Philydraceae Link
  • Enum. Hort. Berol. Alt. 1: 5 (1821) nom. cons.


This taxon is accepted by eMonocot

General Description

Perennial herbs with rhizomes or corms and fibrous roots; leaves basal or crowded near the stem base, distichous, with equitant, sheathing base and linear-ensiform or terete, unifacial blade. Flowering stem with few upwards gradually reduced leaves; inflorescence a terminal simple or compound spike; flowers sessile in the axils of dispersed, spathaceous bracts, bisexual, (nearly) hypogynous, zygomorphic; perianth petaloid, pale yellow or white to pink; segments 4, free or basally connate, the outer 2 median larger than the 2 lateral inner, the median upper frequently 3- or 2-cuspidate, composed of the 2 lateral outer tepals and the reduced median inner tepal; stamen solitary, anterior, its filament broad, inserted at the base of the lower tepal; anther bithecate and tetrasporangiate, basifixed to dorsifixed, straight and introrse, or curved (Philydrella), or helically twisted (Philydrum), opening by 2 longitudinal slits; staminodia usually absent; gynoecium of 3 united carpels; ovary superior, often slightly united at the base with the perianth and filament, ± zygomorphic (the median carpel often smaller), ± trilocular with axile placentas, or for the greatest part unilocular with deeply intruding parietal placentas; each placenta bearing numerous anatropous, heterotropous ovules; style simple, terminal, with a capitate, slightly trilobed stigma; septal nectaries or other nectariferous glands absent. Fruit a loculicidal, 3-valved capsule, or berrylike; seeds numerous, small; testa longitudinally or spirally striate, operculate, with enlarged chalazal cap or prolongation at micropylar and chalazal end; embryo small, straight, cylindrical, embedded in copious non-mealy endosperm containing starch, protein and oil.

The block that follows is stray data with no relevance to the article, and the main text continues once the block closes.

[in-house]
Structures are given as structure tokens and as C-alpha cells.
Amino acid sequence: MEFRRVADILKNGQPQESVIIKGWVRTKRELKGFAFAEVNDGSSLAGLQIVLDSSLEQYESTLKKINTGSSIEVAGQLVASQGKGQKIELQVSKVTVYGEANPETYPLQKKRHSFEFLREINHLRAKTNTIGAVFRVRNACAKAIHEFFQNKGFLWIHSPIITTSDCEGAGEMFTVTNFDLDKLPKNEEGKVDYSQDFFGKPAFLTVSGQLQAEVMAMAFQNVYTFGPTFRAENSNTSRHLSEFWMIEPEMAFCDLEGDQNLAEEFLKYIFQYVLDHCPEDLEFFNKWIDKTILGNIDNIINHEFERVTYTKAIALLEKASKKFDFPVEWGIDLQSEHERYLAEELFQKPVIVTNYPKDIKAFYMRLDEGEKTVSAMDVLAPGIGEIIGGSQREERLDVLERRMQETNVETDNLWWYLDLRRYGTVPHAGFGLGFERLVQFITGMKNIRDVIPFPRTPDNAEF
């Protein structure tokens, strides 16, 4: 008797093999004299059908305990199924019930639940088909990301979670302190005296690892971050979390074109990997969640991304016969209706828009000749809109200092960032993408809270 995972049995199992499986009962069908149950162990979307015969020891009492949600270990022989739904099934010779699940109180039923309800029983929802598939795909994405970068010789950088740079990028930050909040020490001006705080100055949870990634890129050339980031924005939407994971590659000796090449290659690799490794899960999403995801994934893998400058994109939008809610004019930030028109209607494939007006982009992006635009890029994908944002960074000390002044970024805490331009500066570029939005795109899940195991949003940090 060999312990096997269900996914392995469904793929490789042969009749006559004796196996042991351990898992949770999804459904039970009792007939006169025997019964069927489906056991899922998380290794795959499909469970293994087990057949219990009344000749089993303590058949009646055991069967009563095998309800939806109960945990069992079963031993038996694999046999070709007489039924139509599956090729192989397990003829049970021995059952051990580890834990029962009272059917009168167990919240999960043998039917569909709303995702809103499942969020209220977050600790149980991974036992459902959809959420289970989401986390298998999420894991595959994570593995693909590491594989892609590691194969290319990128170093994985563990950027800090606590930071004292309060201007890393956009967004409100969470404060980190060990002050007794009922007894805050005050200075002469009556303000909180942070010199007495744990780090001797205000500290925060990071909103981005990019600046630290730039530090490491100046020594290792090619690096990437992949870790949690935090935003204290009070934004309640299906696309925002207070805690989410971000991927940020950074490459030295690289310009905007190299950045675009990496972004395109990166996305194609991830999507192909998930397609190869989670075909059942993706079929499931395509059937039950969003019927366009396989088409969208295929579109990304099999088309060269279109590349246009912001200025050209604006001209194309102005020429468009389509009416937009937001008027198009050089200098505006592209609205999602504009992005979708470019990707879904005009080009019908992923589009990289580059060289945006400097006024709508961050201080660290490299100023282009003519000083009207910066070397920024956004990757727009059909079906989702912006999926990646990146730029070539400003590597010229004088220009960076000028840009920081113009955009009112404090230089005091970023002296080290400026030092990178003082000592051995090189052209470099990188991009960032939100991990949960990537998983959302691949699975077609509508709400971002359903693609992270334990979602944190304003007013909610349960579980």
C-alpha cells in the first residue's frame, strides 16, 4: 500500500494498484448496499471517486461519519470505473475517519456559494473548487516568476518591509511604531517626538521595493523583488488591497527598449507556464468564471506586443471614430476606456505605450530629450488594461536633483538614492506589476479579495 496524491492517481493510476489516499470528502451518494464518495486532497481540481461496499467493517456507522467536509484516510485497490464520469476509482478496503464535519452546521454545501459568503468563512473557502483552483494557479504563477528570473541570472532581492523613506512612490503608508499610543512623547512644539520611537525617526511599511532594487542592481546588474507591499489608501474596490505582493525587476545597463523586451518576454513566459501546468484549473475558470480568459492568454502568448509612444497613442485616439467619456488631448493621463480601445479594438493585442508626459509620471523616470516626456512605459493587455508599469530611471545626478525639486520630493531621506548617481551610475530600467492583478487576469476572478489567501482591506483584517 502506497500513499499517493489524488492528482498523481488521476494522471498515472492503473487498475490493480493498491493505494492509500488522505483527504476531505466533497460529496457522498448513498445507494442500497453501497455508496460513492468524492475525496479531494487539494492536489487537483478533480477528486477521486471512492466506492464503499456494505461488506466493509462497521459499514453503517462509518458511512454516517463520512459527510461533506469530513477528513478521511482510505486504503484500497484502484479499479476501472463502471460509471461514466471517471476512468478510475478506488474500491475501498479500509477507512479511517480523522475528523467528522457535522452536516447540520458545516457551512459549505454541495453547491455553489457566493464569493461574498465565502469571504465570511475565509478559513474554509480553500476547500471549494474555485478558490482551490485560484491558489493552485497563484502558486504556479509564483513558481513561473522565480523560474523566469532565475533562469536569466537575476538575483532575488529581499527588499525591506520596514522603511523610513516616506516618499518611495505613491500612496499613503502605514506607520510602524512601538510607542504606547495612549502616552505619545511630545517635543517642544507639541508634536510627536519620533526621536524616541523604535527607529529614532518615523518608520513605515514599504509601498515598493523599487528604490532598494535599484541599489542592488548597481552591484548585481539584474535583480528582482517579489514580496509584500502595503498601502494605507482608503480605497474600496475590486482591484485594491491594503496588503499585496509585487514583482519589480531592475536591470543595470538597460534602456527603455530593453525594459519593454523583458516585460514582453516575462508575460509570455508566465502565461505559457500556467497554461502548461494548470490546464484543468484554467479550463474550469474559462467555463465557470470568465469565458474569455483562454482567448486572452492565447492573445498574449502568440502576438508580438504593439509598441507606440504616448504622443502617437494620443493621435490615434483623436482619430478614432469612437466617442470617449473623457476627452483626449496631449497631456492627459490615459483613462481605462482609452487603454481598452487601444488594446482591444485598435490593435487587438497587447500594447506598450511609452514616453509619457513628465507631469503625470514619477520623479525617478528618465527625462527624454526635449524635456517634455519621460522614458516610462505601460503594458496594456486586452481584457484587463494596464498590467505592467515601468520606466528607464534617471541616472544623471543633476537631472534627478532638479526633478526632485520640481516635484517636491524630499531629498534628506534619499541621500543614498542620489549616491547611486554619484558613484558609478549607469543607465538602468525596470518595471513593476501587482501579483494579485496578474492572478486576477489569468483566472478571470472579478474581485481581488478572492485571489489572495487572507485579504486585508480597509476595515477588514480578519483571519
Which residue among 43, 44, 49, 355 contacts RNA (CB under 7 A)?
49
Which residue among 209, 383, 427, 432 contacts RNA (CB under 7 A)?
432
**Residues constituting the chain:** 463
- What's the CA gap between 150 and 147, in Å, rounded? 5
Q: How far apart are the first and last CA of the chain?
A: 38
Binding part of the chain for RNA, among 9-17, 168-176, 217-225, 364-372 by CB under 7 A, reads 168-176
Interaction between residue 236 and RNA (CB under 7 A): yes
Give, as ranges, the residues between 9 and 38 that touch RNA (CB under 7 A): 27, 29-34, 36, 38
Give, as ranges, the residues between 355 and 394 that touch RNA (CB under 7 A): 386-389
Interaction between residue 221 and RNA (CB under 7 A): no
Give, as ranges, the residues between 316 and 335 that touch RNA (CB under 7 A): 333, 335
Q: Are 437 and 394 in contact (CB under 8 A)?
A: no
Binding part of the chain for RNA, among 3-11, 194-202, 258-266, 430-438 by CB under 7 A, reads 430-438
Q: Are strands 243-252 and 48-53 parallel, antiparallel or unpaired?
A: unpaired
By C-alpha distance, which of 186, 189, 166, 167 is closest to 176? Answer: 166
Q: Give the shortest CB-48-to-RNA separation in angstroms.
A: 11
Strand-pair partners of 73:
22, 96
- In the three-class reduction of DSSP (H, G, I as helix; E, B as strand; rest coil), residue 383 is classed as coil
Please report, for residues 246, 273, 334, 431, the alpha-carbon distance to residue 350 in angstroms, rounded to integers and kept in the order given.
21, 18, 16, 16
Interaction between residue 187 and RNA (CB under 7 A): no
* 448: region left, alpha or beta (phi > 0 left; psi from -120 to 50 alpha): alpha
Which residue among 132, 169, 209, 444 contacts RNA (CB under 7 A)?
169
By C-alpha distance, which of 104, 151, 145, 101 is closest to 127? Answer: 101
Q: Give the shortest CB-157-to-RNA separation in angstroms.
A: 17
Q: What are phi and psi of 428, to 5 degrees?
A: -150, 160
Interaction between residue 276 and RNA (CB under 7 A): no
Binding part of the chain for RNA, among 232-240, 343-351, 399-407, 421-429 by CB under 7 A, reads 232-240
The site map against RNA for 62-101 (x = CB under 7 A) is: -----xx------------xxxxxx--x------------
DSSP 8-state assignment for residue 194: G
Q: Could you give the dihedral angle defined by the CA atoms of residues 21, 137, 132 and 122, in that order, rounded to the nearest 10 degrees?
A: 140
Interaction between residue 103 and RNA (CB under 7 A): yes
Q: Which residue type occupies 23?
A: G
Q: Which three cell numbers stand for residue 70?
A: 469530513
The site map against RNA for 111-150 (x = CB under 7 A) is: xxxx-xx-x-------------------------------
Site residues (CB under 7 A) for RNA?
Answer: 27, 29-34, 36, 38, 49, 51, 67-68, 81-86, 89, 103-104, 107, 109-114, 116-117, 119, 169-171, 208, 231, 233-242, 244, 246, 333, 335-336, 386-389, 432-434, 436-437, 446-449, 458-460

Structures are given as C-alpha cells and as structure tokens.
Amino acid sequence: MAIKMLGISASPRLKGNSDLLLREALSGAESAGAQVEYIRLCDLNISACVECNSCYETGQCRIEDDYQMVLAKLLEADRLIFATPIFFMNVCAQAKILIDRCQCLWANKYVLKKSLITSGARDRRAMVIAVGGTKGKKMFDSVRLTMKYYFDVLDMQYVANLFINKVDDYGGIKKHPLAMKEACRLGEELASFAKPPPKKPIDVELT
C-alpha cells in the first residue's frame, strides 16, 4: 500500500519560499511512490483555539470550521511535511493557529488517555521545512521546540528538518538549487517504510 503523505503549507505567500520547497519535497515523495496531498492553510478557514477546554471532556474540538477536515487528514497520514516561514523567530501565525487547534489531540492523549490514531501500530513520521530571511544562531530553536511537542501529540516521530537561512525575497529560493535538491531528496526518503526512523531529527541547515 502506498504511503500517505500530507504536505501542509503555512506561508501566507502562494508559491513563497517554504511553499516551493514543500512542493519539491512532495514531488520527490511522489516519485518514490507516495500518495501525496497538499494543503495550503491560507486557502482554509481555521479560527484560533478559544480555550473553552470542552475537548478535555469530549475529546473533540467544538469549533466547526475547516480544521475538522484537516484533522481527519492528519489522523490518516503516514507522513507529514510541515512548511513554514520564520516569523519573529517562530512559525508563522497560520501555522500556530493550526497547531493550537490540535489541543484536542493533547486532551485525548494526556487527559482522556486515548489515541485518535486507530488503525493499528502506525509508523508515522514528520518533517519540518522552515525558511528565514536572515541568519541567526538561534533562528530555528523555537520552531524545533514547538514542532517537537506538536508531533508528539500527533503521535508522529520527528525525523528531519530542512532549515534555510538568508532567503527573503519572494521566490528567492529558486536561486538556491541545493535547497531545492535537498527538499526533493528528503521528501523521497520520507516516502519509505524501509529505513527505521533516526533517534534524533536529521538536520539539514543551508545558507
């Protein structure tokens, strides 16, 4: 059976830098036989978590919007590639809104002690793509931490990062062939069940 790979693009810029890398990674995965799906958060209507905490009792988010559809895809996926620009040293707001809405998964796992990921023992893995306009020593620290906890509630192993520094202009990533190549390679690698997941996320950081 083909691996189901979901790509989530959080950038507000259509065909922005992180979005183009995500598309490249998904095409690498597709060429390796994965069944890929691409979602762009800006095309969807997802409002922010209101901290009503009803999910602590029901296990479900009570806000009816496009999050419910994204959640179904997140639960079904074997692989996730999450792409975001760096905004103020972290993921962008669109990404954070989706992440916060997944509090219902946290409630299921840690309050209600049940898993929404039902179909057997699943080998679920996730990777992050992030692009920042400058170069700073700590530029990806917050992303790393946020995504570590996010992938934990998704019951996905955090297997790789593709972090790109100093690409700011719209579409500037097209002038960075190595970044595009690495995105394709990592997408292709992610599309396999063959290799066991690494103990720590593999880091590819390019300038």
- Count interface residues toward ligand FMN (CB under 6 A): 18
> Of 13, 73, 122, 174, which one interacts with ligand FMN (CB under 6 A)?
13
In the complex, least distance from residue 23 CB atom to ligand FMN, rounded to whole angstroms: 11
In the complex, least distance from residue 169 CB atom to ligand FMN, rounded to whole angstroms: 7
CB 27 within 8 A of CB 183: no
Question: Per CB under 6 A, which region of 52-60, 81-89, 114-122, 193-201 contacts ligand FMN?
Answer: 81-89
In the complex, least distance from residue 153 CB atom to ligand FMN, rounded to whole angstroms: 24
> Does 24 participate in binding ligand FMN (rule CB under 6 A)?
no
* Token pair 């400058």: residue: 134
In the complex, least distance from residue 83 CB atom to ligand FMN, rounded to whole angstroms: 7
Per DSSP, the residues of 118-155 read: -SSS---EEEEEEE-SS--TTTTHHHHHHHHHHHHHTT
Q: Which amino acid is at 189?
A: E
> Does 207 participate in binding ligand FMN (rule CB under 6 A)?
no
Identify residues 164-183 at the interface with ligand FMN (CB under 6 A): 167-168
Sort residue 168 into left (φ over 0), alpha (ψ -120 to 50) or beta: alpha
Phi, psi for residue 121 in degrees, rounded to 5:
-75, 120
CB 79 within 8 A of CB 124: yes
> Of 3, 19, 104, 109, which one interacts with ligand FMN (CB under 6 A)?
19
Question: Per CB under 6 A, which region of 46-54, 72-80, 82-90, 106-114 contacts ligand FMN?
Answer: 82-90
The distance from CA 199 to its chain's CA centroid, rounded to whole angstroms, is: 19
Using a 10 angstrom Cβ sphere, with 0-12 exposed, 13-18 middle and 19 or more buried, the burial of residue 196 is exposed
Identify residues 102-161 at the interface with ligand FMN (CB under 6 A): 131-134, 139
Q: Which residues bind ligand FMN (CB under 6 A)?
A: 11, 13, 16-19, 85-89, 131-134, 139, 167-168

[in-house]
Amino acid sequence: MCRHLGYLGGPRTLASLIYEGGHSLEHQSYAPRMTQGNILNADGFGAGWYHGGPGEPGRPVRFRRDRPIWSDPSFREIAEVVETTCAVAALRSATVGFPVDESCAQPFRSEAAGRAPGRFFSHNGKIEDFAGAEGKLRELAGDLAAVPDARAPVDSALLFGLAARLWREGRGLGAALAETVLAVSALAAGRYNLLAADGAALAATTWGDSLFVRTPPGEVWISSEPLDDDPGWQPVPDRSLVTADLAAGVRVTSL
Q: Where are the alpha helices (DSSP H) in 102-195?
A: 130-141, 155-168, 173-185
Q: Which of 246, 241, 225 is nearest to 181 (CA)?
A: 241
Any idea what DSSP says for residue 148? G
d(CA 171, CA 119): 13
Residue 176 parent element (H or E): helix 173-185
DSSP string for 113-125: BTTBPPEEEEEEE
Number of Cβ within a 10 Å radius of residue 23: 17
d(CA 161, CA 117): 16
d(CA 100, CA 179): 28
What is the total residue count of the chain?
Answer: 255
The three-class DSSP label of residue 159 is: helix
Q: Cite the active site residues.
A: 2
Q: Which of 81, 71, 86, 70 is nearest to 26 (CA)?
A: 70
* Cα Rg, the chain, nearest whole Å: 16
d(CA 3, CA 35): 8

Ecology

Most Philydraceae live in (sub )tropical climate, occurring either in wet habitats of the montane forest (Helmholtzia, Orthothylax) or of the lowland (Philydrum). Philydrella grows in a seasonally dry climate on temporarily moist, sandy alluvial lands, surviving the dry period with its corm.

Distribution

The family is confined to Australia and tropical E Asia. Philydrum is the only genus with a wider distribution, ranging from Victoria along the E and N coastal parts of Australia to S New Guinea and from Malaysia and Thailand to S China, Taiwan and S Japan. Helmholtzia is restricted to tropical NE Australia, New Guinea and the Moluccas and Orthothylax to a limited area of (sub-)tropical E Australia. Philydrella is isolated from the rest of the family in SW Australia.

Dispersal

No observations on seed dispersal in natural habitats are available, but the tiny seeds of Philydrum and Philydrella may be dispersed by water; they are known to float for long periods. The same may be true for the elongated (scobiform) seeds of Orthothylax which also would be suitable for wind dispersal. It is unknown whether the berrylike fruits of Helmholtzia are endozoochorous or become dry and ultimately dehisce.

  Bibliography

  • 1 Link, J.H.F. Original publication of Philydraceae. (1821).
  • 2 Hamann, U. Philydraceae. Flowering Plants. Monocotyledons: Alismatanae and Commelinanae (except Gramineae) 389-394 (1998).

 Information From

eMonocot
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eMonocot. (2010, 1st November). Retrieved Wednesday, 8th February, 2012, from http://e-monocot.org.
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